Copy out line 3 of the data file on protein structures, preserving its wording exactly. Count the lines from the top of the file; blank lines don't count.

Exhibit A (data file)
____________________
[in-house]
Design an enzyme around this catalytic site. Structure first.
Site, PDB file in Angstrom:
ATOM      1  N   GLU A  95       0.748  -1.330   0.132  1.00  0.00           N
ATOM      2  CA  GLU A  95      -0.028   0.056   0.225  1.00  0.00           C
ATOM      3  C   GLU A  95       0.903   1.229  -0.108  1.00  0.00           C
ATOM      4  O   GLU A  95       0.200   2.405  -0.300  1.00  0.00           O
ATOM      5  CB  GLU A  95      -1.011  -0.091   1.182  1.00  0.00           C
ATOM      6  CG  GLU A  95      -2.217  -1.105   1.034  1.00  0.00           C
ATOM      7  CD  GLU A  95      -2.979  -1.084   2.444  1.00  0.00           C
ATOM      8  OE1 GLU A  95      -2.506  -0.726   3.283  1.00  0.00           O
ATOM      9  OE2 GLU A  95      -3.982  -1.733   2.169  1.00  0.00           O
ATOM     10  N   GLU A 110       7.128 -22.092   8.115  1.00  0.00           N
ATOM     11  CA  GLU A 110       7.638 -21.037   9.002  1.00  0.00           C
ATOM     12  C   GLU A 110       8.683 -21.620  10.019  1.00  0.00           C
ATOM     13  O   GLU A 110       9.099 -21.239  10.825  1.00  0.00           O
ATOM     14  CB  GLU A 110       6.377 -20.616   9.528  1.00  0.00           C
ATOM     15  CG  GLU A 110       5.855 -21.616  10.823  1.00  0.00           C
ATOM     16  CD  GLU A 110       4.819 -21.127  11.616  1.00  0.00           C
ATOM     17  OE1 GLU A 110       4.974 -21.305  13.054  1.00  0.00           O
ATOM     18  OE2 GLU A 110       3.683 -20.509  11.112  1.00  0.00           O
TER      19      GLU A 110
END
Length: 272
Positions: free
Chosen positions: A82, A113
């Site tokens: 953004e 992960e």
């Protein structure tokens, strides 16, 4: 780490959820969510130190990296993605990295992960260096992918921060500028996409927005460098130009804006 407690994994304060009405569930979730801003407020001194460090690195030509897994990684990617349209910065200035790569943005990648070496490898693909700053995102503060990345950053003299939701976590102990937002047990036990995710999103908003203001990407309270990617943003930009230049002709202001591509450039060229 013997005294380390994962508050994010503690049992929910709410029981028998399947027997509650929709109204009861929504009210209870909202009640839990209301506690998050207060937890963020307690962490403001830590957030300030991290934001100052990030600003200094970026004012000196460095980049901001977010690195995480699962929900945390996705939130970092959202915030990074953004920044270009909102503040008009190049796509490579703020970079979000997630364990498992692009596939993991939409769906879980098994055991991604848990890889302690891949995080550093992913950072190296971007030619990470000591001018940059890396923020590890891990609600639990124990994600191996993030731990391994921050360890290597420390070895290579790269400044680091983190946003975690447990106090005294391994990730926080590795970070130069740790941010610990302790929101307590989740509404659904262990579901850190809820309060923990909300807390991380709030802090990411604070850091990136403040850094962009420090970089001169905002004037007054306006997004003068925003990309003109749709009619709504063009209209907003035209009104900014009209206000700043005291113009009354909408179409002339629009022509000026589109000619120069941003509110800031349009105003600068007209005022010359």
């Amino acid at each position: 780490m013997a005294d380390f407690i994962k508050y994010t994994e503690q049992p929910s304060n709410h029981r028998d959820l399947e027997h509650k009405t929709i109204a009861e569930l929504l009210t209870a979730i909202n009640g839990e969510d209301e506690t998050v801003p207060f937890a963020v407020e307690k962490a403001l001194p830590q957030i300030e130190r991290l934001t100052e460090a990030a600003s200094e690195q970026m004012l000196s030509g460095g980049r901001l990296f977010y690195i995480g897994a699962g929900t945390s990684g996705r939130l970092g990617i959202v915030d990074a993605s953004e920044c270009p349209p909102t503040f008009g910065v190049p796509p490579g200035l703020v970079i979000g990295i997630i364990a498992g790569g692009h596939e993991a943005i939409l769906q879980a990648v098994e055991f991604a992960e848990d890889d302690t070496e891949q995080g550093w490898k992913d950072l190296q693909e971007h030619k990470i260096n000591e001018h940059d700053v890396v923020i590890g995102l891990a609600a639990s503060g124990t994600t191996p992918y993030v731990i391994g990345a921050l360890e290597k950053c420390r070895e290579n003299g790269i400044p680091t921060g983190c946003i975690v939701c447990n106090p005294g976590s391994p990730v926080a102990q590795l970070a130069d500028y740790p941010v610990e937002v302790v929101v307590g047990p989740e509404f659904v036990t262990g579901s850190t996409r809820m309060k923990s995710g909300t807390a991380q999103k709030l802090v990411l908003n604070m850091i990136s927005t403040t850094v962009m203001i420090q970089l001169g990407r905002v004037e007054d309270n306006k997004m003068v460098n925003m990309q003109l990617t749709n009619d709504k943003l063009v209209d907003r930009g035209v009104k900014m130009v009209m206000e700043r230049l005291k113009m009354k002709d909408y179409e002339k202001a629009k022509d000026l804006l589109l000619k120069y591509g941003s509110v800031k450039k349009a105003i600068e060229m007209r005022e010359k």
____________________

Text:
Site, PDB file in Angstrom: